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Virtual computers in a virtual world

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The method I like the best for evaluating different operating systems, whether they are different Linux distributions, BSD, MacOS or the latest windows offering, is to use virtual machines. This means that with the quality of virtual machine programs available now, these operating systems you are evaluating run at near native speed. In fact you would be hard put to notice the difference with relatively modern hardware.

Even better is that while you are evaluating this new and exiting version of, say, Ubuntu, Mint, Fedora or Arch Linux, your existing operating system is also active and can be used at the same time. Providing you have enough memory and CPU power you can have more than one virtual machine running concurrently. On my pretty standard (sub standard by today's standards) of an AMD 5200+ CPU and 2Gb ram I have had three virtual machines running side by side as well as my, at that time, Debian operating system serving web pages and managing email. With a good virtual machine program, I use virtualBox myself, you are only limited by the amount of hard disk space and ram on your beast box.

Using a virtual machine program you can easily create and delete your virtual machines, making evaluation of different operating systems an easy task.

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today's howtos

Leftovers: Gaming

Leftovers: KDE (Akonadi, KWin)

  • Akonadi for e-mail needs to die
    So, I'm officially giving up on kmail2 (i.e., the Akonadi-based version of kmail) on the last one of my PCs now. I have tried hard and put in a lot of effort to get it working, but it costs me a significant amount of time and effort just to be able to receive and read e-mail - meaning hanging IMAP resources every few minutes, the feared "Multiple merge candidates" bug popping up again and again, and other surprise events. That is plainly not acceptable in the workplace, where I need to rely on e-mail as means of communication. By leaving kmail2 I seem to be following many many other people... Even dedicated KDE enthusiasts that I know have by now migrated to Trojita or Thunderbird.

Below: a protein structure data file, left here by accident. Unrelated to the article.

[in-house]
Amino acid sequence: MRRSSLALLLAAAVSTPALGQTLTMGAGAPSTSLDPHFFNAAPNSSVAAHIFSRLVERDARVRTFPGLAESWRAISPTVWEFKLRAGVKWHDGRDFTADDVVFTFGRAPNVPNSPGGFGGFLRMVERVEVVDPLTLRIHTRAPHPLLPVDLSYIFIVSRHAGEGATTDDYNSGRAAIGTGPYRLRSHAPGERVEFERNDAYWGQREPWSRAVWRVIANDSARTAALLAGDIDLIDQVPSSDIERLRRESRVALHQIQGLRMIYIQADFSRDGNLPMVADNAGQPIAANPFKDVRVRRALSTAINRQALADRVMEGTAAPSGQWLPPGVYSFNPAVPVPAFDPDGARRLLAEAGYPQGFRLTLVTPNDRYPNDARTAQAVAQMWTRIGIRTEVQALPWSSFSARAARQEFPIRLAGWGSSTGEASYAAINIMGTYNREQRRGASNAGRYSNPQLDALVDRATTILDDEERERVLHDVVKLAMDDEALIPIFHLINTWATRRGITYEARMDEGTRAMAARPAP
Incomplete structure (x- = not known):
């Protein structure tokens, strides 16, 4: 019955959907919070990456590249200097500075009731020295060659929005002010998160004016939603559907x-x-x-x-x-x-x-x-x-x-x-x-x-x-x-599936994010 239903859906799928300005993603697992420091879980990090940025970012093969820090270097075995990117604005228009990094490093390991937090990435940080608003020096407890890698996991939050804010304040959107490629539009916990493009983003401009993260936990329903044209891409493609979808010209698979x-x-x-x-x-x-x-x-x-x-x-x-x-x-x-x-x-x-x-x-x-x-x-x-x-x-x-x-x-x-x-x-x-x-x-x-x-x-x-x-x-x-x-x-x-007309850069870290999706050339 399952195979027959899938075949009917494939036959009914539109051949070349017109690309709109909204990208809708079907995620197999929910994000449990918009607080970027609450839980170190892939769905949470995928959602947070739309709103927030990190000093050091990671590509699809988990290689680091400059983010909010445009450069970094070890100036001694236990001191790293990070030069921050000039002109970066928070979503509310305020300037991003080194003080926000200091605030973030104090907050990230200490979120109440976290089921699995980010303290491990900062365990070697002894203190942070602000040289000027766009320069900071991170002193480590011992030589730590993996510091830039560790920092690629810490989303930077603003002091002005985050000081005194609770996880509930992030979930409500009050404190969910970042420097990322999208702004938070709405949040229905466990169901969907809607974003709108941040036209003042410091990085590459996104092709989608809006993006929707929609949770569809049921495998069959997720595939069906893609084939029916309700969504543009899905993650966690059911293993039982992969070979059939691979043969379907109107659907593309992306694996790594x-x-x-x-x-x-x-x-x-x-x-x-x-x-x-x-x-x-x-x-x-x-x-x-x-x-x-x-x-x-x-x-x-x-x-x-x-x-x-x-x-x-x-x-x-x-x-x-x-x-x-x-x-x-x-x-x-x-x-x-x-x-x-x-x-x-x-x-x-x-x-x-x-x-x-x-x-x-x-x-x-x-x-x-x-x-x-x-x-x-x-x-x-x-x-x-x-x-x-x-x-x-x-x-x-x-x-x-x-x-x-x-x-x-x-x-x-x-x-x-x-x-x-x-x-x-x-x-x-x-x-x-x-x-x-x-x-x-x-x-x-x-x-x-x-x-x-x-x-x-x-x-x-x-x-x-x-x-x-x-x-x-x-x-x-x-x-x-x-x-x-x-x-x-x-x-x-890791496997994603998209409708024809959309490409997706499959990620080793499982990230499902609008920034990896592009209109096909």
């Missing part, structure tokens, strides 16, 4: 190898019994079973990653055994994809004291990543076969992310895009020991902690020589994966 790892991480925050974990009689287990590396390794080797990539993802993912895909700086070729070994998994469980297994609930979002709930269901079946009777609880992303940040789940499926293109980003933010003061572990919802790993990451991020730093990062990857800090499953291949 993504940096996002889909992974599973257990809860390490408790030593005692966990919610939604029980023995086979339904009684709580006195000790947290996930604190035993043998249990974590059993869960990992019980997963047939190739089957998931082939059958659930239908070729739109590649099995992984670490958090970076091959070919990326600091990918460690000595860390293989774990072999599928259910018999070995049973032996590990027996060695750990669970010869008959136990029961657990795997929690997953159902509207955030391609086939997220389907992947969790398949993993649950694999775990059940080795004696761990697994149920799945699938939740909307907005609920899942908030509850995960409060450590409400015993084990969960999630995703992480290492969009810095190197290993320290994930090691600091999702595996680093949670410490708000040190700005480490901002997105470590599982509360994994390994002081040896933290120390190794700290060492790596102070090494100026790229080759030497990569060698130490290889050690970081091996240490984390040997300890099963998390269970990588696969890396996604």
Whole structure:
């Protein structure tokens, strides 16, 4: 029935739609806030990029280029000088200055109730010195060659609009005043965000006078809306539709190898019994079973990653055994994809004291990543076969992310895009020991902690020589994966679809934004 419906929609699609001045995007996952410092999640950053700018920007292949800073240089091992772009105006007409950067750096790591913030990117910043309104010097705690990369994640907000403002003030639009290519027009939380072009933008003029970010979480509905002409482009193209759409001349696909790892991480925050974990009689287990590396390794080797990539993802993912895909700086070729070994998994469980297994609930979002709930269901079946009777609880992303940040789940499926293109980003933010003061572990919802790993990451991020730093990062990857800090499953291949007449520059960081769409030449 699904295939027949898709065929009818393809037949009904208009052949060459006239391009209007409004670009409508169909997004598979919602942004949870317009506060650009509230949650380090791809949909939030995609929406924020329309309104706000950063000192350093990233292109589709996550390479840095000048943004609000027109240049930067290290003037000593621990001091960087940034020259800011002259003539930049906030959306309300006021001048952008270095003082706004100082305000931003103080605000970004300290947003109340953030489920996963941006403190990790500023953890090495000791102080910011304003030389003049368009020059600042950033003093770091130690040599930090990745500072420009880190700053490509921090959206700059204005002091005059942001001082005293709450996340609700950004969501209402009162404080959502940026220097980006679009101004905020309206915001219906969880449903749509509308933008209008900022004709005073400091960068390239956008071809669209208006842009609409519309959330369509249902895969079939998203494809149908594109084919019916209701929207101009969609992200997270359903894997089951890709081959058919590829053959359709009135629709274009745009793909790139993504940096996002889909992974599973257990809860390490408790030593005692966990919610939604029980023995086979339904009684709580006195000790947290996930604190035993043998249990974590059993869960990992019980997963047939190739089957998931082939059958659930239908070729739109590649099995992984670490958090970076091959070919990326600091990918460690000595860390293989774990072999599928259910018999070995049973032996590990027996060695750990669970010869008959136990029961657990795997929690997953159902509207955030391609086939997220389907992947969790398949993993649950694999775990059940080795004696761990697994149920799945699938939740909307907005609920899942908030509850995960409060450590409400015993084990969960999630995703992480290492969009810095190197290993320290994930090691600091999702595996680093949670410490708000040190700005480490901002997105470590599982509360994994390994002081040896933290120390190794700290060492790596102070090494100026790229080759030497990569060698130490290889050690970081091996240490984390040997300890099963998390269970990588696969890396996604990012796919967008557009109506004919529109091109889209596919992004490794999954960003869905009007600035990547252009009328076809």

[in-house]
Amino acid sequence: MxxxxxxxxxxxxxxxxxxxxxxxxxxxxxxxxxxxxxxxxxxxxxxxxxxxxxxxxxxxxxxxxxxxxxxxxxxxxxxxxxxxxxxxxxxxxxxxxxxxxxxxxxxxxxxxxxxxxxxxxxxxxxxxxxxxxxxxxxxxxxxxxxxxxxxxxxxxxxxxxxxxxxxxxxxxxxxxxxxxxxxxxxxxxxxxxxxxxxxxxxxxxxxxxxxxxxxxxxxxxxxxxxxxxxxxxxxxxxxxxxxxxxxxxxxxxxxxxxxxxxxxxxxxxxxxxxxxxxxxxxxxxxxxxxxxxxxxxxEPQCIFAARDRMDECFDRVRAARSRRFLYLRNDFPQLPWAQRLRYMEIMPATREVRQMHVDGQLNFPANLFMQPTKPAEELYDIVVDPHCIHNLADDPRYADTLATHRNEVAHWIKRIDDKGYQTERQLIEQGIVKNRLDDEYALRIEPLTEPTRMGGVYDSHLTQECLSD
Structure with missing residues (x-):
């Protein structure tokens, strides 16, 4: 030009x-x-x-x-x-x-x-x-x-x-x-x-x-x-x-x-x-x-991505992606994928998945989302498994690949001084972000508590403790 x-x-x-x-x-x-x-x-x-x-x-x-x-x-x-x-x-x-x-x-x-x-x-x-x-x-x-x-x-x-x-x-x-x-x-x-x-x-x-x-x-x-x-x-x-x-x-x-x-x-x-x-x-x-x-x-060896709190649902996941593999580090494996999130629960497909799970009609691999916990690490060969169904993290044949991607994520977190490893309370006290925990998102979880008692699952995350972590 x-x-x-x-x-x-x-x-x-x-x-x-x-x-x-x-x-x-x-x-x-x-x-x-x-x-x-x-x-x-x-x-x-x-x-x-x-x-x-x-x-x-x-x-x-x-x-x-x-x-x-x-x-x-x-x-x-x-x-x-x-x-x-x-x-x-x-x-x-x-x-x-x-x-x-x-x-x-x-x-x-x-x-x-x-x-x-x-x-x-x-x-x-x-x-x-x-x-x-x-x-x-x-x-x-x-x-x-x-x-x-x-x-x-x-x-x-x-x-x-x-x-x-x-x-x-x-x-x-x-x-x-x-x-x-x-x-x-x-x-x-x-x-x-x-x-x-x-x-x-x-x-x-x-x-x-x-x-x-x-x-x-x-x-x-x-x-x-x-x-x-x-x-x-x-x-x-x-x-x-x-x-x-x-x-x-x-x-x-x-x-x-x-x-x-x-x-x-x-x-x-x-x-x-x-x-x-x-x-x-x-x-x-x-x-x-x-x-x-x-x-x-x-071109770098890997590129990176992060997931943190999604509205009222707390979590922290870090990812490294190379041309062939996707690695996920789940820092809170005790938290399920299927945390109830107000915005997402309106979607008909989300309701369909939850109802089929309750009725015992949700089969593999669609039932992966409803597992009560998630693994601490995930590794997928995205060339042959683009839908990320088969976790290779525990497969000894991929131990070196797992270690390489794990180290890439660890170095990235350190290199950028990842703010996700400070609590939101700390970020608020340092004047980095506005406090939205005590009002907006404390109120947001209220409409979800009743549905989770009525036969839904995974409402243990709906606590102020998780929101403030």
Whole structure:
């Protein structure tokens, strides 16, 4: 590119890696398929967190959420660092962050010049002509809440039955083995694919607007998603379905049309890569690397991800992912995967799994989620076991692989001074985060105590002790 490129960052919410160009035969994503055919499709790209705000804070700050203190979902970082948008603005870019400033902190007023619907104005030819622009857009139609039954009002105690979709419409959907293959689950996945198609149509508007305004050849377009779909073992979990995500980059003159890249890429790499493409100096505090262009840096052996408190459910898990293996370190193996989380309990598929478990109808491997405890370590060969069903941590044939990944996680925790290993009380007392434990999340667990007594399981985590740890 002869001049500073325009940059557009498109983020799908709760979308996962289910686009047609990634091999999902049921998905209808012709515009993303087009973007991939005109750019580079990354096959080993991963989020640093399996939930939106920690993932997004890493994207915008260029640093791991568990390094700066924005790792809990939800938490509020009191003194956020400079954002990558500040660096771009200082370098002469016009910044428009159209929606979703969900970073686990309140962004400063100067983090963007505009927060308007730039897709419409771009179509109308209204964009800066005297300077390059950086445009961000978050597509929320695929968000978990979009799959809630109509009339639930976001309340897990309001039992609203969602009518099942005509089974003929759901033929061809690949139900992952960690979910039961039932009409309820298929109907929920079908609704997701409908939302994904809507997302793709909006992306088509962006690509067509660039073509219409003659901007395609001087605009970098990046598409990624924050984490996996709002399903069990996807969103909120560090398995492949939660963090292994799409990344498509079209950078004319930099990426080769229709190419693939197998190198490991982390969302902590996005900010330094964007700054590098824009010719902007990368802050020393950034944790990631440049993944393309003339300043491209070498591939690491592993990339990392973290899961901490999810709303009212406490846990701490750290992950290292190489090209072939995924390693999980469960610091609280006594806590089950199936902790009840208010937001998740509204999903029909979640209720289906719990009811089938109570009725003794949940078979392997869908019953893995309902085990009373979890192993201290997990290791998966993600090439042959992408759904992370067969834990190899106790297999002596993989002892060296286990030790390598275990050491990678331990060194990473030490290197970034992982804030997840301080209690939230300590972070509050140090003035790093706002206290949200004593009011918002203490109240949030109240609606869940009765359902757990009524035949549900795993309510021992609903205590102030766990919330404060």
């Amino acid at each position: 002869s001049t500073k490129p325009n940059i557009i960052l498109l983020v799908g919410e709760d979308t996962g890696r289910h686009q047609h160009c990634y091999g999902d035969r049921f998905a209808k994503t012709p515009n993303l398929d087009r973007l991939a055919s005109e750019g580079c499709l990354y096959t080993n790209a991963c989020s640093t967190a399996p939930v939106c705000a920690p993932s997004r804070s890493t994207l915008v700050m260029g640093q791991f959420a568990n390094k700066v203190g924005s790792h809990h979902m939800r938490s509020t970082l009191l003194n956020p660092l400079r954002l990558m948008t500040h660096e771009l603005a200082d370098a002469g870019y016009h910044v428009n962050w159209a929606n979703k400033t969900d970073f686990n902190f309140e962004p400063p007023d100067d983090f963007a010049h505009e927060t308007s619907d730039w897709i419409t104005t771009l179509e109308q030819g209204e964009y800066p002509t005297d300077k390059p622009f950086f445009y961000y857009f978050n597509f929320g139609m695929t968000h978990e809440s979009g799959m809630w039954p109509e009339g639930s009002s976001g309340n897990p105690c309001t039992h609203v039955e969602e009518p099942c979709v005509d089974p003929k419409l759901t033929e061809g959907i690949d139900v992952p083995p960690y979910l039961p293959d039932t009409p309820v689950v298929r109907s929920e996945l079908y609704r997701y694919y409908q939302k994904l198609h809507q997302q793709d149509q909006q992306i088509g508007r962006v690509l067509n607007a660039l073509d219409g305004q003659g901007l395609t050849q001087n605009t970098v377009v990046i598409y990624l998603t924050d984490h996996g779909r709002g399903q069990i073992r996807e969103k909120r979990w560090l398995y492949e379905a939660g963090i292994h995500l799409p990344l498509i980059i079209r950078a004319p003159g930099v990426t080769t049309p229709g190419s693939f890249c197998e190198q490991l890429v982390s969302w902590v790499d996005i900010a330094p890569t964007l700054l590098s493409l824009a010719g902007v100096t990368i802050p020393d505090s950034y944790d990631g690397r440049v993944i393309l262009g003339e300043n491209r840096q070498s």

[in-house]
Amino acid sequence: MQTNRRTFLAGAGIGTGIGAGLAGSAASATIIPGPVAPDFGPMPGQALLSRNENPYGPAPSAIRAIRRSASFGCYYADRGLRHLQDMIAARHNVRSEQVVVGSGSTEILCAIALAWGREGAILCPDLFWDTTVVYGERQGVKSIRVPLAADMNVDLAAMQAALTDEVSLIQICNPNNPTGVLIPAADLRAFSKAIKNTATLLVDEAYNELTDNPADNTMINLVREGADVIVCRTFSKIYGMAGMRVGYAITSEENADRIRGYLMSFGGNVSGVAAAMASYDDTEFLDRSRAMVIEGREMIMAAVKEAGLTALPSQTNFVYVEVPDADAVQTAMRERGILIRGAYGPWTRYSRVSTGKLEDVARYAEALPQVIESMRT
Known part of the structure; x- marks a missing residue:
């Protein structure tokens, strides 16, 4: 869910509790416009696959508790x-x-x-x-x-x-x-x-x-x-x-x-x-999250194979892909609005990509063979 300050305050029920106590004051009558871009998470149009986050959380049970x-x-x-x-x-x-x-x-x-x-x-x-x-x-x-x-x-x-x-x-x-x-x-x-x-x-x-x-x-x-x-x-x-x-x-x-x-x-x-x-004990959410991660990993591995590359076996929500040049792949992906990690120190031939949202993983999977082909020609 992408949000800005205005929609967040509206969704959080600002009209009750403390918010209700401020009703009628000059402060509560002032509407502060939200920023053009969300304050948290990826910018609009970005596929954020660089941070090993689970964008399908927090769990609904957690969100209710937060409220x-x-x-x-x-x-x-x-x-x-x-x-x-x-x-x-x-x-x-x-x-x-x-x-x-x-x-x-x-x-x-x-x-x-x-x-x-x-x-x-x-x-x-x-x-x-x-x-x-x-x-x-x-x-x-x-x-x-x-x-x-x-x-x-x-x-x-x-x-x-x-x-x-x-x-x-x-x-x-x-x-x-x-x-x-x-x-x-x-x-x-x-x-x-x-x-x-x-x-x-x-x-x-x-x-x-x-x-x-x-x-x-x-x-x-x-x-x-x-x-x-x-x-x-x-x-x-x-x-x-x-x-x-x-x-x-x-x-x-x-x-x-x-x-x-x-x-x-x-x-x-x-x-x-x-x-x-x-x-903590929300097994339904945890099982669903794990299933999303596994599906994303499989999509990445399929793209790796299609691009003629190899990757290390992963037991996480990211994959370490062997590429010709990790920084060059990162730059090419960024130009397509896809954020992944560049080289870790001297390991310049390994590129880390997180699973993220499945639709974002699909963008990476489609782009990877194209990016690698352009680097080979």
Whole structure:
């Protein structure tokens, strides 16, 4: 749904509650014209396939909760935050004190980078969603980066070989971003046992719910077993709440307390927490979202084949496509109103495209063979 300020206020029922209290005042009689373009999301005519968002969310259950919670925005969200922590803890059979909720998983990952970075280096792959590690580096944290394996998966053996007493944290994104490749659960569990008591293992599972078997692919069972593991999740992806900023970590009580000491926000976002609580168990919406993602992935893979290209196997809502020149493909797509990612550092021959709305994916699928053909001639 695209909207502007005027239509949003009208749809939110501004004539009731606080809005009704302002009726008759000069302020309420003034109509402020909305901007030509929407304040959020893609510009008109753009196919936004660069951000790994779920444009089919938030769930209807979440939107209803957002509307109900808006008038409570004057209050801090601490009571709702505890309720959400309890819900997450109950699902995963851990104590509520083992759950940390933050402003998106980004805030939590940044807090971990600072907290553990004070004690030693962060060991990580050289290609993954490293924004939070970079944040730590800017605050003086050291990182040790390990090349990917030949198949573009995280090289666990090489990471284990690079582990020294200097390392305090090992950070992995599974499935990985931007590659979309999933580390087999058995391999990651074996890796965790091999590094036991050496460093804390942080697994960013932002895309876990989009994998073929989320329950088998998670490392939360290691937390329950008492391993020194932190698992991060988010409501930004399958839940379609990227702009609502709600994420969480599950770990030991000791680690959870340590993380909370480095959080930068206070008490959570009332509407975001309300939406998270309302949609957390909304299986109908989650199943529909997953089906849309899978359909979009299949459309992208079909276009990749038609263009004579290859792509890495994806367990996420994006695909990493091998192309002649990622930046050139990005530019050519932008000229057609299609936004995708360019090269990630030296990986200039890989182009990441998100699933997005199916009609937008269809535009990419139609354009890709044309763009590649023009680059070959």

• Virtual keyboard support in KWin/Wayland 5.7
    Over the last weeks I worked on improved input device support in KWin/Wayland and support for virtual keyboard. KWin 5.7 will integrate the new QtVirtualKeyboard module which is now available under GPLv3. For us this means that we have access to a high quality QML based keyboard. For Qt it means that the virtual keyboard is exposed to more users and thanks to the open source nature it means that we can upstream fixes.
  • Virtual Keyboard Support For KWin / KDE Wayland 5.7
    The latest KWin/Wayland hacking project by Martin Gräßlin is adding virtual keyboard support to KWin for the upcoming KDE Plasma 5.7 release. This virtual keyboard support is powered by the QtVirtualKeyboard module and provides a high-quality, QML-based keyboard that will work on KWin/Wayland when no hardware keyboard is available. Implementing this virtual keyboard support with Wayland compatibility was actually quite a feat, but has now become a reality thanks to the work by Martin.

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